In the News: A 12-Year-Old Got Mugged

••• Brushstroke chef Isao Yamada on the restaurant’s closing: “The reasons of the closing is the increase in rent. It has, unfortunately, made it impossible to keep the restaurant open any longer.” —Eater

••• A 12-year-old kid got mugged, plus the usual thefts, in the Tribeca Trib police blotter.

••• Downtown Soccer League celebrated its 25th anniversary. —Tribeca Trib

••• Dunkin’ Donuts will officially change its name to Dunkin’. —AP

••• “How Wall Street Became Wall Street.” There’s nothing like the word “longform” to make you click away…. —Curbed

••• It’s good news that “With the once robust metropolitan news coverage in New York dwindling, a new nonprofit website called The City is teaming up with New York magazine in hopes of replacing some of that lost local accountability and investigative journalism.” But then came this: “The City will be led by Jere Hester, a lifelong Brooklynite and former city editor at The Daily News, where he spent almost 15 years. Mr. Hester expects to hire 15 journalists to focus on beats like transportation, politics, affordable housing, health care, education and climate change.” Nothing against Hester, whom I don’t know, but if I’ve learned one thing in the nine years of doing this website, it’s that people don’t care nearly as much about transportation, politics, affordable housing, health care, education and climate change as they do about the generally lifestyle-y stuff that impacts them on a daily basis. —New York Times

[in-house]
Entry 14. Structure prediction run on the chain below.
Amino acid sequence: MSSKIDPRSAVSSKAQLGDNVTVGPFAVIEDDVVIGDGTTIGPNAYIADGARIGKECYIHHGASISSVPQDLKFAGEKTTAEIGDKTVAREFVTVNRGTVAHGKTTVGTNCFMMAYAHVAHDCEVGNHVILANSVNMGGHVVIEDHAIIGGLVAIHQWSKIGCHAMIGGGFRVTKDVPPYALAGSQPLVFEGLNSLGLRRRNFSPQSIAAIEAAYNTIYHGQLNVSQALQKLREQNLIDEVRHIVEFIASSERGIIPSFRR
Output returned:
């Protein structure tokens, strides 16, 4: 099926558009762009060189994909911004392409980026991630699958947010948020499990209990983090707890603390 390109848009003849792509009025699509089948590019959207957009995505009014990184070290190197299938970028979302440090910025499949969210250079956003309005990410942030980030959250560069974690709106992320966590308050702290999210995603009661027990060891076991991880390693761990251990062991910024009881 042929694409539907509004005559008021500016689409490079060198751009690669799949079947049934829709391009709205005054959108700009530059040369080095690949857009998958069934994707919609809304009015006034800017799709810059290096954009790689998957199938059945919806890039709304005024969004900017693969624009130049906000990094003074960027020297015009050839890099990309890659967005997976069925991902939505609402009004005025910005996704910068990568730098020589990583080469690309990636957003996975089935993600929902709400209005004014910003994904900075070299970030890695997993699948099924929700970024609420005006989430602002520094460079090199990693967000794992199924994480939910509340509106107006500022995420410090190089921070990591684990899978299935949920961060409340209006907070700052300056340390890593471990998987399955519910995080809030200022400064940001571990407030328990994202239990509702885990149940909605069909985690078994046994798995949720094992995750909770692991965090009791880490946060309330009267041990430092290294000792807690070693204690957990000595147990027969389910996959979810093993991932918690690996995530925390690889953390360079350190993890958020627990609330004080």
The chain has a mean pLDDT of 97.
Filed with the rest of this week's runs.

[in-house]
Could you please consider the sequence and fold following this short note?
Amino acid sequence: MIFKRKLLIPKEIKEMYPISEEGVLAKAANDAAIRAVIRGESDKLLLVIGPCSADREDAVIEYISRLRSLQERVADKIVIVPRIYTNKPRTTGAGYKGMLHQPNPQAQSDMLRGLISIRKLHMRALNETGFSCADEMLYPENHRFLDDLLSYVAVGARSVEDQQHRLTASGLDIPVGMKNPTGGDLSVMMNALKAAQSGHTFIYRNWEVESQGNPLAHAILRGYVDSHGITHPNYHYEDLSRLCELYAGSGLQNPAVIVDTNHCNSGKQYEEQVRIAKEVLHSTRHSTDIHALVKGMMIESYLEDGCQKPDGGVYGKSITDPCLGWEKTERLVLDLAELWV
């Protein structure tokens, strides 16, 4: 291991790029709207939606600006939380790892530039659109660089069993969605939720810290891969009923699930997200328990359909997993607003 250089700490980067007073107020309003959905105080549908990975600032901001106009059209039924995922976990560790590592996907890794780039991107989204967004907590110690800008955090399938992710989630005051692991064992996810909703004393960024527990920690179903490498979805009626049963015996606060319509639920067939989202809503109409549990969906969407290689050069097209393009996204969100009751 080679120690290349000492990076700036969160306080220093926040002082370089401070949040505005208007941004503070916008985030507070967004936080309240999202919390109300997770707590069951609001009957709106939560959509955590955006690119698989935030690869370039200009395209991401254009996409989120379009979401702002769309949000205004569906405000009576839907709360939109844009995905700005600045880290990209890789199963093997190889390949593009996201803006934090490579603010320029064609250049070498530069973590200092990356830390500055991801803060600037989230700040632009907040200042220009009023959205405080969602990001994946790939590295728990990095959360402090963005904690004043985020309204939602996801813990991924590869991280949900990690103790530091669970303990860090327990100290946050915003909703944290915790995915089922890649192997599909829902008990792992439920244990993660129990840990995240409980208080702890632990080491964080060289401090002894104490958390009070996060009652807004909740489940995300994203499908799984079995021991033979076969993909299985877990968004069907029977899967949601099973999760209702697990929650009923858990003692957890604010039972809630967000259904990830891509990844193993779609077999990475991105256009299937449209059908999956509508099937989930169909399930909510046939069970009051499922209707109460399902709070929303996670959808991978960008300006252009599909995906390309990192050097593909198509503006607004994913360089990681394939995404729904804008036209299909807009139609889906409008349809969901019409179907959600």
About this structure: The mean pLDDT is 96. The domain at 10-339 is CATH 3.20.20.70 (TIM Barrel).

7 Comments

  1. Brushstroke also wasn’t very good. Maybe that is to blame as much as the rent?? Bouley lost his touch a while ago.

  2. “If I’ve learned one thing in the nine years of doing this website, it’s that people don’t care nearly as much about transportation, politics, affordable housing, health care, education and climate change as they do about the generally lifestyle-y stuff that impacts them on a daily basis.”

    That’s pretty stark, Erik. You may be right, but it may also be that Tribeca Citizen’s brand attracts readers who lean that way … and/or that increasingly insular Tribeca leans that way as well. It’ll be interesting to see how “The City” fares and whether it bears out your p-o-v.

    • Another way to think of it is that people care about what’s happening near them, and not the big-picture subjects that journalists think they should care about. And that goes for any neighborhood.

      • Erik’s perspective is as editor and should be respected. Also maybe many folks use this site as a welcome diversion and source of information that is different than what they get from other media sources. I do.

  3. right on! lifestyle-y stuff is immediate; what statement Tshirt to wear while waking down the street, texting. (Polar bears and flood victims can worry about the Global etc.)

  4. Your rather bleak statement shocks this reader Erik. You might be right – I hope you aren’t though. Come on people; what do you care about? Think about it. Ask yourself.

  5. I read 5 newspapers and magazines a day, plus 5 blogs, 2 of which deal with healthcare and 3 with lifestyle, design and real estate. TribecaCitizen is the lifestyle blog and, as such, a welcome distraction and escape into the insular, often absurd, local netherworld in which I live.

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